Nutri-babble: EVE SIMMONS says fake food CAN be as good as the real thing

The famous ice cream is composed entirely of synthetic ingredients 

The famous ice cream is composed entirely of synthetic ingredients 

Mr Whippy fans may have been surprised last week to learn that their favourite frozen treat is entirely synthetic – made without real vanilla, eggs or cream.

A new report by consumer watchdog Which? reviewed 24 brands of vanilla ice cream on supermarket shelves and found that the frighteningly bright yellow tubs are not packed with pricey and endangered Madagascan vanilla but rather additives and ‘unnatural’ ingredients including skimmed milk powder, sugar, emulsifiers, vanilla flavouring and vegetable fats such as palm oil.

I don’t think we needed a scientist to tell us this. But the ‘clean eating’ brigade were, of course, up in arms.

E-numbers, preservatives and so-called ‘fake foods’ are the wellness warrior’s cyanide.

Anything that isn’t ‘natural’ is harmful for our bodies, they say. But according to biology, they are deeply mistaken.

In fact, the effect of ultra- processed ice cream on the body is marginally different from a scoop of ’s finest gelato. 

According to Helen Munday, food scientist at the Food and Drink Federation, E-numbers and additives need not be so scary.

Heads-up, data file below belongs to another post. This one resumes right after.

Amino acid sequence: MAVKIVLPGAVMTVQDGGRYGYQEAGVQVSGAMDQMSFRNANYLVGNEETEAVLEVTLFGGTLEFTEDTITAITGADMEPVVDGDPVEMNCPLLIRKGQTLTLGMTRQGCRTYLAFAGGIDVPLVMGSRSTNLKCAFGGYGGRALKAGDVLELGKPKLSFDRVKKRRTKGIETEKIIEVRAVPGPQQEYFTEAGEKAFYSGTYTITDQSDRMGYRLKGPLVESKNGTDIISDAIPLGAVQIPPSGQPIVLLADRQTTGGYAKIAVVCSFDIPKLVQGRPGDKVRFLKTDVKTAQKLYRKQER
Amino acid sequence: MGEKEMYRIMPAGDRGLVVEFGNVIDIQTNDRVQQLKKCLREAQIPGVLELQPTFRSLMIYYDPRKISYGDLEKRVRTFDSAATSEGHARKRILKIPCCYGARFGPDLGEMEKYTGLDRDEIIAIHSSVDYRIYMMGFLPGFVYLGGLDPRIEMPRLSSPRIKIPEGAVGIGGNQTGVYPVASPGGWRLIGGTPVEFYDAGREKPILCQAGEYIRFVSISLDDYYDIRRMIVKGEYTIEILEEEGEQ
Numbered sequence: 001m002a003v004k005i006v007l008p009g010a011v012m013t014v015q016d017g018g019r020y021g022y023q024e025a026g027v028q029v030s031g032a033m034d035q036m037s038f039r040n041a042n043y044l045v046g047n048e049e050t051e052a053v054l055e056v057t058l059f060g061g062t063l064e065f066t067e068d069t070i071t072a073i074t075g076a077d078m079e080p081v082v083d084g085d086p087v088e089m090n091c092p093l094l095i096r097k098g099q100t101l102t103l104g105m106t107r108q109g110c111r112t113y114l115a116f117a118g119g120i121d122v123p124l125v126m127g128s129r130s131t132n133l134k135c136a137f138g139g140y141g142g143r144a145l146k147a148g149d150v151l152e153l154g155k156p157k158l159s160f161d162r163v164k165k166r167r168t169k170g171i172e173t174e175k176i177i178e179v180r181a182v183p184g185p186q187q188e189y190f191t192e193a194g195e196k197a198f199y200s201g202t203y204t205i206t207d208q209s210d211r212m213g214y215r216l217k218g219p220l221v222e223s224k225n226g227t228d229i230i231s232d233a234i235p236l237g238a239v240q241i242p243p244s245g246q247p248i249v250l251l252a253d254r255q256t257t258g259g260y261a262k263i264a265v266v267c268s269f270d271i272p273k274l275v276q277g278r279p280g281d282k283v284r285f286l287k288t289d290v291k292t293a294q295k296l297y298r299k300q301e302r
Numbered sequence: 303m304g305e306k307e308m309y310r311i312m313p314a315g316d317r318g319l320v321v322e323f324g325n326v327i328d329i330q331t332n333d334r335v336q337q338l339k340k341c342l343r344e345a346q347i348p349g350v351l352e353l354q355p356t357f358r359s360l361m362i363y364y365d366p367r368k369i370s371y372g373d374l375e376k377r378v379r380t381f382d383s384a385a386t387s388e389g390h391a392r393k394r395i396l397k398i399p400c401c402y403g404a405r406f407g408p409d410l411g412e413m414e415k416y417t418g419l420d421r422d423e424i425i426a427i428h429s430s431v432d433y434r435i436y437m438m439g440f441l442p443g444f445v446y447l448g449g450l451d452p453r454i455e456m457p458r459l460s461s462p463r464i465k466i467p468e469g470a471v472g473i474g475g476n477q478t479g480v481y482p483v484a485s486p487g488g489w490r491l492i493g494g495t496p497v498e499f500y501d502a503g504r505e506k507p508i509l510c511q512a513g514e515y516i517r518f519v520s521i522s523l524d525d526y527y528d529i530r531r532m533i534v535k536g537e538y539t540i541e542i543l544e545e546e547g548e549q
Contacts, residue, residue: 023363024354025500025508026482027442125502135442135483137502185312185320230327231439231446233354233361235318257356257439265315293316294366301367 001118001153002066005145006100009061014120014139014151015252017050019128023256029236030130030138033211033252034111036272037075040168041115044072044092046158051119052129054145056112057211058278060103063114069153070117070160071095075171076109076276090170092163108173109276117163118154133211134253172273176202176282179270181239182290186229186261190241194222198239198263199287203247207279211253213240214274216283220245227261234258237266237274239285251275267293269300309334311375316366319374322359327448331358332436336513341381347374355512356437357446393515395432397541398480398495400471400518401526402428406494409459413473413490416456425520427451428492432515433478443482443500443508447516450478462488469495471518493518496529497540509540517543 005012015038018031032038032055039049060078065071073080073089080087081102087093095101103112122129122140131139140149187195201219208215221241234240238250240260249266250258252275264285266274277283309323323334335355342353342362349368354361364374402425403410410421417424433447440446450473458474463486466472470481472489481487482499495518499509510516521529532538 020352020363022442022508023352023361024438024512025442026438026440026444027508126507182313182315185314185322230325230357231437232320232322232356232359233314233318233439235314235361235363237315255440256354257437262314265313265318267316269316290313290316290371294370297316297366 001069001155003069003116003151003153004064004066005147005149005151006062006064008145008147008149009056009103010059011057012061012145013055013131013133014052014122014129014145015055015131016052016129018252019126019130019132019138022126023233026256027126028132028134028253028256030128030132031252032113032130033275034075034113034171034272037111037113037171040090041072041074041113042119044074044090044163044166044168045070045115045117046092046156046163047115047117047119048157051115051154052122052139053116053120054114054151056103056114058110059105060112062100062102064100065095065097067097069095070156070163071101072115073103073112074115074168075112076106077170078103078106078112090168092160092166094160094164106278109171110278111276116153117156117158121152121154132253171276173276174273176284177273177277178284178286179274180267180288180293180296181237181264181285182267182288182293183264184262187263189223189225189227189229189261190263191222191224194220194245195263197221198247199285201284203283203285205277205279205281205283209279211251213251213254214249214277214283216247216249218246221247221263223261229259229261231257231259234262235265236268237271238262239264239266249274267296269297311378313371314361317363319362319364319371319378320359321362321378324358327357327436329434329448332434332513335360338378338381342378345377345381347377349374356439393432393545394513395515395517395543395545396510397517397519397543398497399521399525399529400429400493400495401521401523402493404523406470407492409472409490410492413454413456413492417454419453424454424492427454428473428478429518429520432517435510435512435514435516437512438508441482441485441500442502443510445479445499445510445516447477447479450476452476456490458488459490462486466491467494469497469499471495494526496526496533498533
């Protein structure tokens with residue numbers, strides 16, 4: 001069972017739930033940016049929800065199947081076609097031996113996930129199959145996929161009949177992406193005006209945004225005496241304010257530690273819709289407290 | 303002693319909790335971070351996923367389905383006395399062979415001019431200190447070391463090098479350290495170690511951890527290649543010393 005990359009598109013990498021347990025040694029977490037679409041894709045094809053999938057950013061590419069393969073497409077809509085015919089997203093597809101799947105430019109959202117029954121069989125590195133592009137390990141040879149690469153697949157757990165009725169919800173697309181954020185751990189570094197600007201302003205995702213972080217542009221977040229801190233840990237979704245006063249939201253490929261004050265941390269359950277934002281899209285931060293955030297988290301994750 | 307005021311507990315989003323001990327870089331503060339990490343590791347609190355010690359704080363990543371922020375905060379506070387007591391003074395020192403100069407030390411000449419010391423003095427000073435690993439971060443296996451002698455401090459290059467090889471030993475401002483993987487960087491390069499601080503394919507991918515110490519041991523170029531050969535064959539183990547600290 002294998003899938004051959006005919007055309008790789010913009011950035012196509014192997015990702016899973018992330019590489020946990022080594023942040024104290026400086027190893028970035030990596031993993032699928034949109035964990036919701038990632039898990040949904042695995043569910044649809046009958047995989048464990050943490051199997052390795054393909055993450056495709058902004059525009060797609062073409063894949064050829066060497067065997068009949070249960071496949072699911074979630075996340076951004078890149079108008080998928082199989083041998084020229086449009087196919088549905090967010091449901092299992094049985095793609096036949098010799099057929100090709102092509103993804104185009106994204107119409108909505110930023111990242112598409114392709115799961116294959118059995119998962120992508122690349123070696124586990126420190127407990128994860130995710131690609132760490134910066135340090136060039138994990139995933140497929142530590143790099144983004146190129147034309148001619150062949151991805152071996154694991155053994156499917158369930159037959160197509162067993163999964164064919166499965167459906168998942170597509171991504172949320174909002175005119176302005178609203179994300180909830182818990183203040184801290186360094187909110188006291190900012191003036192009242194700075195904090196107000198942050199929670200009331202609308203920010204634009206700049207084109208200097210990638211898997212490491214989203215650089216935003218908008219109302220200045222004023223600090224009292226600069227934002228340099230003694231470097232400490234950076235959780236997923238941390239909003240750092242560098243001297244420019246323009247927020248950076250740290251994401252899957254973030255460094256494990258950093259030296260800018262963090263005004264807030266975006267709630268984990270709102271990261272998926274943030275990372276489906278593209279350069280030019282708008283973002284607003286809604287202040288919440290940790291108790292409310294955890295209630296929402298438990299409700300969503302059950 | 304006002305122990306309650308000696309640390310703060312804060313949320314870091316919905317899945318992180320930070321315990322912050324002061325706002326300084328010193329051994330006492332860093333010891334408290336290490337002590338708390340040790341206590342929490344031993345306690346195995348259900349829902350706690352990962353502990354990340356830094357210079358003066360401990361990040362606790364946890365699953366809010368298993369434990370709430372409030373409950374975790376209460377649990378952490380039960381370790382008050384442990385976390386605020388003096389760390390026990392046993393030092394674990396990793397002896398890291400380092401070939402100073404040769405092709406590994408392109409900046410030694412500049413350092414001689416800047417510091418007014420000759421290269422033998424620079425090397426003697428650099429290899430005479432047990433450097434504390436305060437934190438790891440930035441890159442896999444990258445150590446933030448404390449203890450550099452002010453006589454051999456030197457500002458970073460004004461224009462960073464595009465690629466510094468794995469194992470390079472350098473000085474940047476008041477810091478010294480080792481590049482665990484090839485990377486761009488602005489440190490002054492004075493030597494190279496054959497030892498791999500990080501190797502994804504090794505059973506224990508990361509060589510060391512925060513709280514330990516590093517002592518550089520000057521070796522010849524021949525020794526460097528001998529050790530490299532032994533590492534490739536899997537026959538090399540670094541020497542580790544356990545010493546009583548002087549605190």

‘Many additives can be found in nature. Even if they’re replicated using chemicals, your body can’t tell the difference,’ says Helen.

‘An E-number is merely a number given to an ingredient authorised as safe to eat by the European food safety authority. Citric acid – from citrus fruits – for example, is otherwise known as E330.

‘Thickeners and emulsifiers – often used to stop eggs separating – can be extracted from seaweed, soy beans, eggs, chicory and artichokes. Cellulose is a common bulking agent. It’s very high in fibre and can protect against certain cancers.’

Thickeners and emulsifiers – often used to stop eggs separating – can be extracted from seaweed, soy beans and eggs

Thickeners and emulsifiers – often used to stop eggs separating – can be extracted from seaweed, soy beans and eggs

Skimmed milk powder is a low-fat and more convenient way of transporting milk, boasting pretty much the same nutritional properties as the liquid form.

Helen says: ‘It simply means that

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